Inside the lab with CF researcher Ryan

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Every month we’ll be going inside the lab to chat with some of the amazing researchers and scientists working in cystic fibrosis. Today let us introduce Ryan. Ryan has recently completed his PhD, which the Trust funded, and he is now working within the Trust-funded GRAMPUS SRC, which aims to establish the causes of gut symptoms in people with CF.

Hi Ryan. When did you first start learning about cystic fibrosis?

I can remember going to university lectures on ‘ion channels’ and, as part of that, learning about the CF protein. I chose to do my final year project looking at the CF protein and testing how it interacts with different chemicals, with the hopes of improving future medicines in CF. (This was during the very early stages of CFTR modulators!).

I learnt about a different area of CF research for my Master’s degree, looking at the CF lung infection-causing bacteria Burkholderia cepacia and how it can be manipulated to reduce its harmfulness in humans. From there, I took the wider skills I learnt from studying bacteria that cause infections and applied them to studying bacteria that live naturally in our intestines (also known as our guts or GI tract).

Photo of CF researcher Ryan Marsh in a lab coat

What is your current research all about?

I’m interested in the bacteria in our intestines, known as the gut ‘microbiota’ or microbiome. We know that compared to healthy volunteers from the wider public, people with CF have alterations in their gut bacteria; for example, people with CF might have different types of bacteria.

People with cystic fibrosis experience a wide range of problems at the site of the GI tract, with many experiencing GI symptoms daily. As part of the wider GRAMPUS-CF Strategic Research Centre (SRC), we are investigating the complex links between gut microbiota and GI symptoms in people with CF.

How could your research benefit people with CF in the future?

By understanding these complex relationships in people with CF, we hope to unveil potential avenues for personalised therapeutic interventions or, at the very least, understand if (and how) we can effectively modulate the microbiota in people with CF to improve their quality of life.

What’s a typical day like in the lab?

My day is usually really flexible. I can choose the hours that suit me and my frame of mind. Depending on what’s happening with the research and the samples arriving, I can do different things each day.

One day I might be sitting in front of a computer, analysing DNA sequencing data, or doing some statistical analysis with the radio on; another day, I might be sitting in the lab for 10 – 12 hours.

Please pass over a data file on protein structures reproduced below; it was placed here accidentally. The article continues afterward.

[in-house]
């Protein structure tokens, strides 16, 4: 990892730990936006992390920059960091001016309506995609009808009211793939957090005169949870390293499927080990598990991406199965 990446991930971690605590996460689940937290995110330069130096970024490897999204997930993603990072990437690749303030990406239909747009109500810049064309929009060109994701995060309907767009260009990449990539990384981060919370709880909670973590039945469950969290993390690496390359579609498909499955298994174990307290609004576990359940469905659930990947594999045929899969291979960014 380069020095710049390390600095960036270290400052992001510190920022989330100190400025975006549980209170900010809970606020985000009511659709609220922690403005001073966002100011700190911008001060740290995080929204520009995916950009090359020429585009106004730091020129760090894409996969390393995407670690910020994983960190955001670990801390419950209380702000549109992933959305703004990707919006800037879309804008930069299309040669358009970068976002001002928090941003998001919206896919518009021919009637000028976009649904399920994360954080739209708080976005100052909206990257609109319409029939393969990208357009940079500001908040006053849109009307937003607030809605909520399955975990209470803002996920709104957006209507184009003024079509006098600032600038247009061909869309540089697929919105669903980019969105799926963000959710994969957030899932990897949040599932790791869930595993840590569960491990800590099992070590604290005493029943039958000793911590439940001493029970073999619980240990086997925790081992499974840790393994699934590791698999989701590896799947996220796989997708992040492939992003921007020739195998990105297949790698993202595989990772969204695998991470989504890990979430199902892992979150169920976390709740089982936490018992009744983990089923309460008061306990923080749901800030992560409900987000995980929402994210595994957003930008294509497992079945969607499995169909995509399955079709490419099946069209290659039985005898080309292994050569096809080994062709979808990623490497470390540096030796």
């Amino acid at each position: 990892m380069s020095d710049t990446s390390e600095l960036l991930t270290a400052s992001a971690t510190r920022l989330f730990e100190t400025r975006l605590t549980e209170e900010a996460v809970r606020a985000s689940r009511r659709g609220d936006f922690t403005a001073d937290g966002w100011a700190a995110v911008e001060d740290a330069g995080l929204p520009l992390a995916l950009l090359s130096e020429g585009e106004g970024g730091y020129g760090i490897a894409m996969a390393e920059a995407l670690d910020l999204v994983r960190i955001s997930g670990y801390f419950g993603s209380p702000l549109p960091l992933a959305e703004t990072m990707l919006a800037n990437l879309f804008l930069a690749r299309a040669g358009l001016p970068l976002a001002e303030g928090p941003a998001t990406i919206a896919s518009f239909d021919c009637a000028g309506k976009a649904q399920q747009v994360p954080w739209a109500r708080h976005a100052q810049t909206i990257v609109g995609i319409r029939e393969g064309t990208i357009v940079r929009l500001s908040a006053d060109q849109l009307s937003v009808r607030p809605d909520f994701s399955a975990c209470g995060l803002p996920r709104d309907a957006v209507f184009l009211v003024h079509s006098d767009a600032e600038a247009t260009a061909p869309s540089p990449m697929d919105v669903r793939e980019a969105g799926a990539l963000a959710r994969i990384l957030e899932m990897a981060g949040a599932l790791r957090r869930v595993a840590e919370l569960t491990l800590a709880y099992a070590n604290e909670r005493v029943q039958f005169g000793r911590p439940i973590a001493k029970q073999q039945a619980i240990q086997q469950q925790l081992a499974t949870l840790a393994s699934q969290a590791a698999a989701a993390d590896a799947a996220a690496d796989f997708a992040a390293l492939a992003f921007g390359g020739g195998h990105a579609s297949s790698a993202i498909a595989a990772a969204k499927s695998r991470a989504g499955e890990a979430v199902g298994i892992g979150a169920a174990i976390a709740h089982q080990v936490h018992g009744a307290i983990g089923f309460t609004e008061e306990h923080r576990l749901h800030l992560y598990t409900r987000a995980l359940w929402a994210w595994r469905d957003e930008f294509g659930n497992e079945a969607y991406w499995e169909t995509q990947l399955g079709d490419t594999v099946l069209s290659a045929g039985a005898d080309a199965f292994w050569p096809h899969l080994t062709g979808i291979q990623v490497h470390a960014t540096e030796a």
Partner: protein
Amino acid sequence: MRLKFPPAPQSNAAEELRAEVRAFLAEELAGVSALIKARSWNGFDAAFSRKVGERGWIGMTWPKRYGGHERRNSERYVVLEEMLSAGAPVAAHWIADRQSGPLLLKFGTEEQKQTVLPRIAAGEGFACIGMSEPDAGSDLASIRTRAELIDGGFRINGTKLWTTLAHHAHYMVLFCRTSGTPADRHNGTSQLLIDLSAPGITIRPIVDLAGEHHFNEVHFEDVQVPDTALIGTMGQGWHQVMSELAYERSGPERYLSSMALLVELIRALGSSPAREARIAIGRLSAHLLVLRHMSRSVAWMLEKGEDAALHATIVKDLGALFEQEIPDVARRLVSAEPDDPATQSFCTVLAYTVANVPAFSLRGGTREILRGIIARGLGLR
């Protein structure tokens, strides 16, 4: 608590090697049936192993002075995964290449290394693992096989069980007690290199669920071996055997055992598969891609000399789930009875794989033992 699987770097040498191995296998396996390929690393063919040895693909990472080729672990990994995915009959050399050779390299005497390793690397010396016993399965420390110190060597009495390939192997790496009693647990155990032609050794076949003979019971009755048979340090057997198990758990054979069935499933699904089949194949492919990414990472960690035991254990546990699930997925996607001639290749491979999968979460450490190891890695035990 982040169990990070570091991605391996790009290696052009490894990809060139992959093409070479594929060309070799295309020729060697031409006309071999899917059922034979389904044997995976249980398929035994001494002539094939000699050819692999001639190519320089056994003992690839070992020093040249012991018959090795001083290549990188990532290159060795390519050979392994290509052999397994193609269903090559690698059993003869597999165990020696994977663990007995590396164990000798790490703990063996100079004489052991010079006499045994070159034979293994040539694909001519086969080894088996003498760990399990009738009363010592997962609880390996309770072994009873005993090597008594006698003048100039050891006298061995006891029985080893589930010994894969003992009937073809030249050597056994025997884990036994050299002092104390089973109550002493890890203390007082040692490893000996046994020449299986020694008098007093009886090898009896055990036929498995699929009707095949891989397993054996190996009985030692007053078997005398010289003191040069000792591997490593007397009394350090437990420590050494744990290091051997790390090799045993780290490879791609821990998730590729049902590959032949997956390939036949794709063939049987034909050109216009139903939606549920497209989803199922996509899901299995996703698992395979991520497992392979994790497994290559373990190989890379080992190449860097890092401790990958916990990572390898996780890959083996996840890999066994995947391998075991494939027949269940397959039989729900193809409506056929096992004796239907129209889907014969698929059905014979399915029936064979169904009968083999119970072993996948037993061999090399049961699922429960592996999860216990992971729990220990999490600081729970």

In the lab, I process faeces (poo) samples from people with CF to analyse the bacteria and metabolites present. To do this, I’ll isolate the DNA from the bacteria and the chemicals they produce as they grow and survive. I’ll use a ‘PCR’ machine to increase the amount of specific DNA before analysis with state-of-the-art DNA sequencing machines. (You may remember ‘PCR’ from COVID tests – it is the same technique in both!).

I also get to meet CF clinicians, and chatting with them on site visits is enjoyable. I hear from them about the difference that our research is making, and that’s a great feeling.

What do you love most about working in research?

I love that there is so much variety, and I do different things every day. Working in CF research allows me to use a wide range of techniques to try and answer important questions. It keeps me on my toes!

The deep sense of collaboration and partnership among researchers, clinicians, and people in the CF community is really fulfilling for me. It reaffirms the power of bench-side discoveries to translate into real-world solutions for individuals with CF.

How has the Trust supported your career?

The Trust has directly enabled the development of my research career through funding my PhD and my current research role. Aside from this, events organised by the Trust, such as the annual UKCFC conference, have enabled me to present my findings, share ideas, and form research collaborations with other like-minded researchers in the field.

It's thanks to our incredible supporters that we can continue to be at the cutting edge of CF research. Making breakthroughs and discoveries that change lives for the better. Now and in the future. But we know this is just the start. Incredible progress has been made, but there is still a long way to go until everyone with CF can truly live a life unlimited. We won’t stop until we can all lead the lives we want. Until cystic fibrosis stops challenging, damaging or shortening lives. And you can be part of it.

Donate today and help us unite for a life unlimited. 

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